A Bad Solution

The issue here is knowing when it is safe to execute the task that renders the Github information to the page. One strategy might be to store the results from each api call in an array and then wait for a set amount of time before drawing the page.

results = []

githubApiCallOne (response) -> 
  results.push(response)

githubApiCallTwo (response) ->
  results.push(response)

setTimeout(() ->
  drawPage(results)
, 5000)

This turns out to be a poor solution as we can either end up waiting too little, in which case the program would fail or we could set the timeout too high making our users wait longer than necessary to load our page.

Promises to The Rescue

Fortunately there is a better way to implement our Github page. Using a construct called a Promise (sometimes called a Future) allows us to elegantly handle these types of situations. Using promises we can turn our code into something like this:

Promise.when(
  githubApiCallOne(),
  githubApiCallTwo()
).then((apiCallOneData, apiCallTwoData) ->
  renderPage(apiCallOneData, apiCallTwoData)
)

The basic idea is that our async api calls will now return a promise object that functions much like an IOU – they can’t give us the results of the api call immediately but they (probably) can at some time in the future. The Promise.when method takes an arbitrary number of promise objects as parameters and then executes the callback in the “then” method once every promise passed to “when” has been completed.

To do this, our api calls would have to be modified to return promise objects, which turns out to be trivial. Such an implementation might look like so:

githubApiCallOne = () ->
  promise = new Promise()

  # async call
  ajaxGet("/repositories", (repository_data) ->
    # fulfill the promise when async call completes
    promise.complete(repository_data)
  )

  return promise

githubApiCallTwo = () ->
  promise = new Promise()

  ajaxGet("/users", (user_data) ->
    promise.complete(user_data)
  )

  return promise

The githubApiCallOne and githubApiCallTwo make their ajax calls but return a promise object immediately. Then when the AJAX calls complete, they can fulfill the promise objects by calling “complete” and passing in their data. Once both promise objects have been fulfilled the callback passed to Promise.then is executed and we render the page. With jQuery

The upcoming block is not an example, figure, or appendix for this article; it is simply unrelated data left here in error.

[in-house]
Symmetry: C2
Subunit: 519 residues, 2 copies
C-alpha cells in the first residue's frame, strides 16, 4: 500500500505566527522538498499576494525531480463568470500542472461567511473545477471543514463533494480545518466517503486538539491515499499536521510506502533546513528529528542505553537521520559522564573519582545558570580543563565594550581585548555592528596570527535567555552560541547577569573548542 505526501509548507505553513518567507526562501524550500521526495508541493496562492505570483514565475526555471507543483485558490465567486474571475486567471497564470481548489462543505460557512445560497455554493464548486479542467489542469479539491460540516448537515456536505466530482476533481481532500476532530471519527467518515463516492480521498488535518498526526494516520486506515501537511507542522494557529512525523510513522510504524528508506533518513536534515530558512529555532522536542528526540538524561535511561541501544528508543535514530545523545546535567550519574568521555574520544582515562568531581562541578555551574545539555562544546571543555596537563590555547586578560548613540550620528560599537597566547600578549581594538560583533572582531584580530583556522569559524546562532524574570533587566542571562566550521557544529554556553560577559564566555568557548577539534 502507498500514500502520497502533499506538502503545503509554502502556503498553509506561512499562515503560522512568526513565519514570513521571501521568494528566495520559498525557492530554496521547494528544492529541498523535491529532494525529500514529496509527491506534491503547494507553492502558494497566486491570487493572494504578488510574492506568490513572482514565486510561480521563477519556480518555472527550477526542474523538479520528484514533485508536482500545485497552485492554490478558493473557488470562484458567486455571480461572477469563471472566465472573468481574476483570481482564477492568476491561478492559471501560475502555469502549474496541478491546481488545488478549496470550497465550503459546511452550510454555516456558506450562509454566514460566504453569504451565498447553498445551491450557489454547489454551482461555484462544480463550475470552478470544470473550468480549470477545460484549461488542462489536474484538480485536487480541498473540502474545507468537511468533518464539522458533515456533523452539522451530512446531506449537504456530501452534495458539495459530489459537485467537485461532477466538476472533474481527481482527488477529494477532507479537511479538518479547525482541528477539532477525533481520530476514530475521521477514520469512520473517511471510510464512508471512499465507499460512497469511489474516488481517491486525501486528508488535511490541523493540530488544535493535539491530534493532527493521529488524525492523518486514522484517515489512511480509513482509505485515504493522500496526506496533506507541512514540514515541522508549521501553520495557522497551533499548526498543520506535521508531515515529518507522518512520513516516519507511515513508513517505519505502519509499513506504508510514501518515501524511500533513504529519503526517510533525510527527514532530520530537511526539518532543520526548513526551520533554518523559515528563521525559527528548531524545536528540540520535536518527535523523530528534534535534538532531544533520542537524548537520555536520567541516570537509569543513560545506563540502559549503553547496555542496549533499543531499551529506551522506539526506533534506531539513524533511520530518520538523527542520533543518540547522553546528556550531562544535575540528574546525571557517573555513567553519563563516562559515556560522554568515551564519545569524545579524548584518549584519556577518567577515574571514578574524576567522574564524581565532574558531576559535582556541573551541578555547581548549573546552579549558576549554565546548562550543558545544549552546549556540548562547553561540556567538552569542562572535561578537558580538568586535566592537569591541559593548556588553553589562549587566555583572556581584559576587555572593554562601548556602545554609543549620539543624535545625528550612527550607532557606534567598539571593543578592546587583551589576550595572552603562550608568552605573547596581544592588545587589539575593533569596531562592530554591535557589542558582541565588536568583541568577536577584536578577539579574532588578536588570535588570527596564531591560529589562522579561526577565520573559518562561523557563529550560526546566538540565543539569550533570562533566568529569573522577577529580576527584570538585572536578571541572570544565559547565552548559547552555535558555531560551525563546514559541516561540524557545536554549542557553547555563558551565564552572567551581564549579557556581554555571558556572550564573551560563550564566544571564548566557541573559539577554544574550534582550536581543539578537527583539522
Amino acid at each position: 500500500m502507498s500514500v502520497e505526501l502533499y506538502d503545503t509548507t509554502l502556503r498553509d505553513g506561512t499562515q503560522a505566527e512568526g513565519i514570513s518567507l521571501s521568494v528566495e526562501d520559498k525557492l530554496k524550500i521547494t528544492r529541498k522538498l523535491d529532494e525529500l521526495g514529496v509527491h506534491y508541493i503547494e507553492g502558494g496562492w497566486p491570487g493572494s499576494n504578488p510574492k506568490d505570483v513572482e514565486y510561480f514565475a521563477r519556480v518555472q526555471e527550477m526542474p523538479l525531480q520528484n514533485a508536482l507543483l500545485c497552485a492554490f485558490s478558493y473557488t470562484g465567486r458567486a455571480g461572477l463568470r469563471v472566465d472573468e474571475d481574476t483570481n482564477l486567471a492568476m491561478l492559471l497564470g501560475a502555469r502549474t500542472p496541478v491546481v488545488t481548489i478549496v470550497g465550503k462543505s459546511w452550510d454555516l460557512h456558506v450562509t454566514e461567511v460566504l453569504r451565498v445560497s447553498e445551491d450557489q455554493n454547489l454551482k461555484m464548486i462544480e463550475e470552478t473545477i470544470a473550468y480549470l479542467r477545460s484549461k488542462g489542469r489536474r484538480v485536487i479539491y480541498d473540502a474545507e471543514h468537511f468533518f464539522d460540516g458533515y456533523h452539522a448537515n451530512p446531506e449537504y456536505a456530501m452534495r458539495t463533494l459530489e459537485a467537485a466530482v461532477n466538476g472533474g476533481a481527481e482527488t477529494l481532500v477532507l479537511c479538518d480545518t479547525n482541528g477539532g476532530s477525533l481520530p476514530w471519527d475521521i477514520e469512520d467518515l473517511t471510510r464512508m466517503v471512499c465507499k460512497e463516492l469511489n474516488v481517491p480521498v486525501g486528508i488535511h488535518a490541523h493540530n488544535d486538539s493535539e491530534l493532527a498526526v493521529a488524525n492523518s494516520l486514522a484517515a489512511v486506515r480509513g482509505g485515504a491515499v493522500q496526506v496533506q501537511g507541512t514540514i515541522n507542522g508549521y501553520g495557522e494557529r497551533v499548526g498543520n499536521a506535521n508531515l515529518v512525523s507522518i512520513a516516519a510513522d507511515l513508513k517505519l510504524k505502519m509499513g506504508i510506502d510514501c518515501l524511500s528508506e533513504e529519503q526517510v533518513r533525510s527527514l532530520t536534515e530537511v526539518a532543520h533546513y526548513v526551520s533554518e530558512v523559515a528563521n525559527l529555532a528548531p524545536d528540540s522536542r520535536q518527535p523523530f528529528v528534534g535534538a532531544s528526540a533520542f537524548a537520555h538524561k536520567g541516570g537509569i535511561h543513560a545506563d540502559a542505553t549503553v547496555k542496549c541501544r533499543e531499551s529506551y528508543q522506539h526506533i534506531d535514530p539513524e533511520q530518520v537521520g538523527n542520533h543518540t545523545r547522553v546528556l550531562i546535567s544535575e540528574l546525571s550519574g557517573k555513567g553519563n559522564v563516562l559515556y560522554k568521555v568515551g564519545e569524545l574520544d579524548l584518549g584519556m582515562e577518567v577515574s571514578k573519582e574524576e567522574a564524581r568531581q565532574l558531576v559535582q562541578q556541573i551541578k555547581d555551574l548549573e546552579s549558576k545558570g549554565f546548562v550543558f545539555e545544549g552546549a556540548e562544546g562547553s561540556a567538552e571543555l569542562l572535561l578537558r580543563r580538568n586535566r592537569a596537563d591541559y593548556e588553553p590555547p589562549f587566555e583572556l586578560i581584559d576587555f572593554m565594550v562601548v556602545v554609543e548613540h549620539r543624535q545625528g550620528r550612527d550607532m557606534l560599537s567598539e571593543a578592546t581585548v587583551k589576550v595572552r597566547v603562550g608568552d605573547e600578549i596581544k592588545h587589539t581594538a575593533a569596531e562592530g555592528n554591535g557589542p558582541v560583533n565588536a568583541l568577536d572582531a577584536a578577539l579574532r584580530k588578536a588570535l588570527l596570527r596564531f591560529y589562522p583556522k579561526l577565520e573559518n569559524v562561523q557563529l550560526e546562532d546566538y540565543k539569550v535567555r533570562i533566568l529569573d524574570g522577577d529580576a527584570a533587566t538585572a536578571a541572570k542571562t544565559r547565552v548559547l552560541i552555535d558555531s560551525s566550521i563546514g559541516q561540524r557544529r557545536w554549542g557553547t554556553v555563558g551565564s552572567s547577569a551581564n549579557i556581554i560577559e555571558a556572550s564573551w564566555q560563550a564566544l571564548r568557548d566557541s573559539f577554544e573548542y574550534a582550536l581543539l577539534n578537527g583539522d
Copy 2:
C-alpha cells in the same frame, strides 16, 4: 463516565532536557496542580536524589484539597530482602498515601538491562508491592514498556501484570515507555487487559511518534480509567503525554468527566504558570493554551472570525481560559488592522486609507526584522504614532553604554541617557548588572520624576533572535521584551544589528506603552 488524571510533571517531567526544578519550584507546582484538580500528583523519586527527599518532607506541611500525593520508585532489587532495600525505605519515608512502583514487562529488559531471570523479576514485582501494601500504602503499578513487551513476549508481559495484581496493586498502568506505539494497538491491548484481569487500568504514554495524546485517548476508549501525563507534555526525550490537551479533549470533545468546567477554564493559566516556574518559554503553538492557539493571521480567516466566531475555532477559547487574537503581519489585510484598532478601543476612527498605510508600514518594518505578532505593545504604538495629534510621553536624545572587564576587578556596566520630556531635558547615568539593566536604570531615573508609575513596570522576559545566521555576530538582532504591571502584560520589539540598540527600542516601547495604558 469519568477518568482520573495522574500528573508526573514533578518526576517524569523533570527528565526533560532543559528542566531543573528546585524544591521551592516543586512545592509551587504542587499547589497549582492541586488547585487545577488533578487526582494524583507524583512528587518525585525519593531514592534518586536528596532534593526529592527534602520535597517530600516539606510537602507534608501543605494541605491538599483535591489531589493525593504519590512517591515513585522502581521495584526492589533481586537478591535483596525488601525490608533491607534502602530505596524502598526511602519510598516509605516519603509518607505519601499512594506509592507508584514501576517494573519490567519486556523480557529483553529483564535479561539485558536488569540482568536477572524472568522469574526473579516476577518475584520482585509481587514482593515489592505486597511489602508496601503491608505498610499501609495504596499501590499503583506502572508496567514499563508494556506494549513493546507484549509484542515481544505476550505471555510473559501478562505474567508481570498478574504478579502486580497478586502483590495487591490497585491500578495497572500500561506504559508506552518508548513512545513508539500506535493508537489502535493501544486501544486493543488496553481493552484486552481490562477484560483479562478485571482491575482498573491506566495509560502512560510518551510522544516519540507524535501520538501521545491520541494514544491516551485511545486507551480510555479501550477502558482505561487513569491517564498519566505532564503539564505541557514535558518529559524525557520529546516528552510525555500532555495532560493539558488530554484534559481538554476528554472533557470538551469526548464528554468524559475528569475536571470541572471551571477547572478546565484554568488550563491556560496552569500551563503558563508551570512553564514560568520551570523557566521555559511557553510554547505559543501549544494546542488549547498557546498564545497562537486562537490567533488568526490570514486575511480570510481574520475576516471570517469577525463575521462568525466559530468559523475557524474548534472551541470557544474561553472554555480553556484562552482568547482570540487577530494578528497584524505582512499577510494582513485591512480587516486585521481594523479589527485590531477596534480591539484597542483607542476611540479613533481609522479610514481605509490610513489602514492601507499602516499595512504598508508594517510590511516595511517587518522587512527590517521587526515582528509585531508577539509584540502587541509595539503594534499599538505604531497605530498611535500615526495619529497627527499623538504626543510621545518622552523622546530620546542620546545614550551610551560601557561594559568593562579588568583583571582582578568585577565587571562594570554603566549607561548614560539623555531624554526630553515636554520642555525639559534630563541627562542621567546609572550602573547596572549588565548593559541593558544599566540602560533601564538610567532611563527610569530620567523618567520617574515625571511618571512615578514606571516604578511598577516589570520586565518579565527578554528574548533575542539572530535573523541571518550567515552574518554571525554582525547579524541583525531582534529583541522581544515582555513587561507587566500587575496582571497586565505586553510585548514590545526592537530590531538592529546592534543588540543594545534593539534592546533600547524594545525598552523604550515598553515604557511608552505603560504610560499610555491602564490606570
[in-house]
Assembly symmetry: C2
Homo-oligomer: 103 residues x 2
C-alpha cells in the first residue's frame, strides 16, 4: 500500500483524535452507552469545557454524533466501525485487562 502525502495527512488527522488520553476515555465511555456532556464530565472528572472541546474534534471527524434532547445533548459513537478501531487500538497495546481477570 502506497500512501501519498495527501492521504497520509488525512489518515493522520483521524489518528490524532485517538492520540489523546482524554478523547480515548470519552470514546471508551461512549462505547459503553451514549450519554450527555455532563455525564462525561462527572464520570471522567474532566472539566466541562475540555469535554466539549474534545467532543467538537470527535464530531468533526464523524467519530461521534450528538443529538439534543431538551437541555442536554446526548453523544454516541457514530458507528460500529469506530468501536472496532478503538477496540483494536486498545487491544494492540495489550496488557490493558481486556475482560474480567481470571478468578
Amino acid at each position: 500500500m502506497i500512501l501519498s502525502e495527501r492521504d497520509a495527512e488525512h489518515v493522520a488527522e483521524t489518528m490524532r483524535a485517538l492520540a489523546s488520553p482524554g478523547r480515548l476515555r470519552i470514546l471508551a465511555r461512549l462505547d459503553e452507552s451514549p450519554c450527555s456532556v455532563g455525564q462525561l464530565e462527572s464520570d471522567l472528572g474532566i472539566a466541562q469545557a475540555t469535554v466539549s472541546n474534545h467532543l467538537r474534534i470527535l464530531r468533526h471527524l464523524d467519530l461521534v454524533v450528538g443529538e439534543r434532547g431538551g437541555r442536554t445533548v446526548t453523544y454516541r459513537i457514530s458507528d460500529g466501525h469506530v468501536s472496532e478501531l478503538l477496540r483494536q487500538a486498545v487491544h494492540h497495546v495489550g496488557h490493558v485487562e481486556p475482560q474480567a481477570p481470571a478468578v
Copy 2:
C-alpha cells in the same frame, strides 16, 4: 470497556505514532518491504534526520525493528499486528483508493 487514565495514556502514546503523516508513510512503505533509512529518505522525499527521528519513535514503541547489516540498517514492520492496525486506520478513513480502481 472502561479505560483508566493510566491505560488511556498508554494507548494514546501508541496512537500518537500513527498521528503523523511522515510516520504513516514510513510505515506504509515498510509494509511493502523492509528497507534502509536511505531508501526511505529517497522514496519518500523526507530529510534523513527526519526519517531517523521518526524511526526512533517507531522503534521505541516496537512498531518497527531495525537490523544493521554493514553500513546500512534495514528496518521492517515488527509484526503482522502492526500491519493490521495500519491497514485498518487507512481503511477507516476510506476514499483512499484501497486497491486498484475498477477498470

The good news is if you’re already using jQuery you get Promises for free. As of jQuery 1.5 all the $.ajax methods (eg. $.get, $.post etc) return promises which allows you to do this:

promise1 = $.get "http://foo.com"
promise2 = $.post "http://boo.com"

$.when(promise1, promise2)
 .then (promise1Result, promise2Result) ->
  # do something with the data

What if I cant use jQuery?

Rolling a custom implementation of Promises isn’t recommended for production code but might be necessary if you write a lot of 3rd party Javascript and/or just want to try it for fun. Here’s a very basic implementation to get you started. Error handling, exceptions etc are left as an exercise to the reader.

class Promise
  @when: (tasks...) ->
    num_uncompleted = tasks.length 
    args = new Array(num_uncompleted)
    promise = new Promise()

    for task, task_id in tasks
      ((task_id) ->
        task.then(() ->
          args[task_id] = Array.prototype.slice.call(arguments)
          num_uncompleted--
          promise.complete.apply(promise, args) if num_uncompleted == 0
        )
      )(task_id)

    return promise
    
  constructor: () ->
    @completed = false
    @callbacks = []

  complete: () ->
    @completed = true
    @data = arguments
    for callback in @callbacks
      callback.apply callback, arguments

  then: (callback) ->
    if @completed == true
      callback.apply callback, @data
      return

    @callbacks.push callback

Sharp eyed readers might notice that the code inside the for loop in the Promise.when method looks a bit strange. You might notice that I’m wrapping the promise’s “then” method call inside of a self executing function that passes in the task_id variable. This funkiness is actually required due to the way that closures work in Javascript. If you attempt to reference the task_id without the self executing closure, you’ll actually get a reference to the task_id iterator instead of a copy – which means by the time your “then” methods execute the loop will have finished iterating and all the task_ids will share the same value! To get around this you have to create a new scope and pass in the iterator so we end up with a copy of the value instead of a reference.

And Finally an example using the supplied Promise class to prove it works:

delay = (string) ->
  promise = new Promise()
  setTimeout(() -> 
    promise.complete string
  ,200)
  return promise

logEverything = (fooData, barData, bazData) -> 
  console.log fooData[0], barData[0], bazData[0]

window.onload = () ->
  Promise.when(
    delay("foo"),
    delay("bar"),
    delay("baz")
  ).then logEverything